News Article | May 18, 2017
Pro-vegetarian diets (with a higher consumption of plant-based foods compared to animal-based foods) could provide substantial protection against obesity, according to new research presented at this year's European Congress on Obesity (ECO) in Porto, Portugal (17-20 May). This observational study found that people who ate a high pro-vegetarian diet -- rich in food coming from plant sources like vegetables, fruit, and grains -- cut their risk of developing obesity by almost half compared to those who were least pro-vegetarian -- with a dietary pattern rich in animal food like meat, and animal fats. Current evidence suggests that such a pro-vegetarian diet has a protective role in cardiovascular disease and diabetes, but little is known about its role on the risk of developing obesity in healthy populations. The study was carried by University of Navarra student Julen Sanz under the supervision of Dr. Alfredo Gea and Professor Maira Bes-Rastrollo from the University of Navarra, and CIBERobn (Carlos III Institute of Health), Spain. They examined the association between varying degrees of pro-vegetarian (plant-based) diet and the incidence of obesity (body mass index; BMI >30) in over 16,000 healthy, non-obese adults from the SUN Cohort (Seguimiento Universidad de Navarra) -- a study tracking the health of Spanish graduates since 1999. Participants completed detailed food questionnaires at the start of the study, and researchers used a pro-vegetarian diet index (PVI) to score each participant on the types of food they ate. Points were given for eating seven plant food groups -- vegetables, fruits, grains, nuts, olive oil, legumes (such as peas, beans, and lentils) and potatoes. Points were subtracted for five animal groups -- animal fats, dairy, eggs, fish and other seafood, and meat. Based on their scores, participants were categorised into five groups from the 20% with the least pro-vegetarian diet (quintile 1) to the 20% with the most (quintile 5), and followed for an average of 10 years. During follow-up, 584 participants became obese. The researchers found that participants who closely followed a pro-vegetarian diet were less likely to become obese. Modelling showed that compared to the least-vegetarian participants (quintile 1), the most vegetarian (quintile 5) had a 43% reduced risk of developing obesity. For quintiles 2, 3 and 4, the reduced risk of obesity was 6%, 15% and 17%, respectively, versus quintile 1. The results held true irrespective of other influential factors including sex, age, alcohol intake, BMI, family history of obesity, snacking between meals, smoking, sleep duration, and physical activity. The authors acknowledge that their findings show observational differences rather than evidence of cause and effect. They conclude: "Our study suggests that plant-based diets are associated with substantially lower risk of developing obesity. This supports current recommendations to shift to diets rich in plant foods, with lower intake of animal foods."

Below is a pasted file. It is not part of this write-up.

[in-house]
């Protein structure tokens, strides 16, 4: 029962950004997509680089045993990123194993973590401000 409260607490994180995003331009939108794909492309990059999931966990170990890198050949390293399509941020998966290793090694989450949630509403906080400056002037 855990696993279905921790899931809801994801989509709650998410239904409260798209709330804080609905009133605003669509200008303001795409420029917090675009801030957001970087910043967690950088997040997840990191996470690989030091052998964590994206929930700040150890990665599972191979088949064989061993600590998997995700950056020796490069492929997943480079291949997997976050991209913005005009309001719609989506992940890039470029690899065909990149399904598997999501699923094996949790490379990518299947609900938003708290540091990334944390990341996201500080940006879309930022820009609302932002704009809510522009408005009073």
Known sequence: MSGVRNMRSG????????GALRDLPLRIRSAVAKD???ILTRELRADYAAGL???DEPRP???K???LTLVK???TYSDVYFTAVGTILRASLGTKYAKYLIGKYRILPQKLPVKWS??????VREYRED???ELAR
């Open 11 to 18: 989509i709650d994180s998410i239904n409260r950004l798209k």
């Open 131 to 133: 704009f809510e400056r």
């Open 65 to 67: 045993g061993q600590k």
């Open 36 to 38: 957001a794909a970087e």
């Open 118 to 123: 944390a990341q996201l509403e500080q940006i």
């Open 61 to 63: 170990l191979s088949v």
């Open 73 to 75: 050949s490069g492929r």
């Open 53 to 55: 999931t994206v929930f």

News Article | May 15, 2017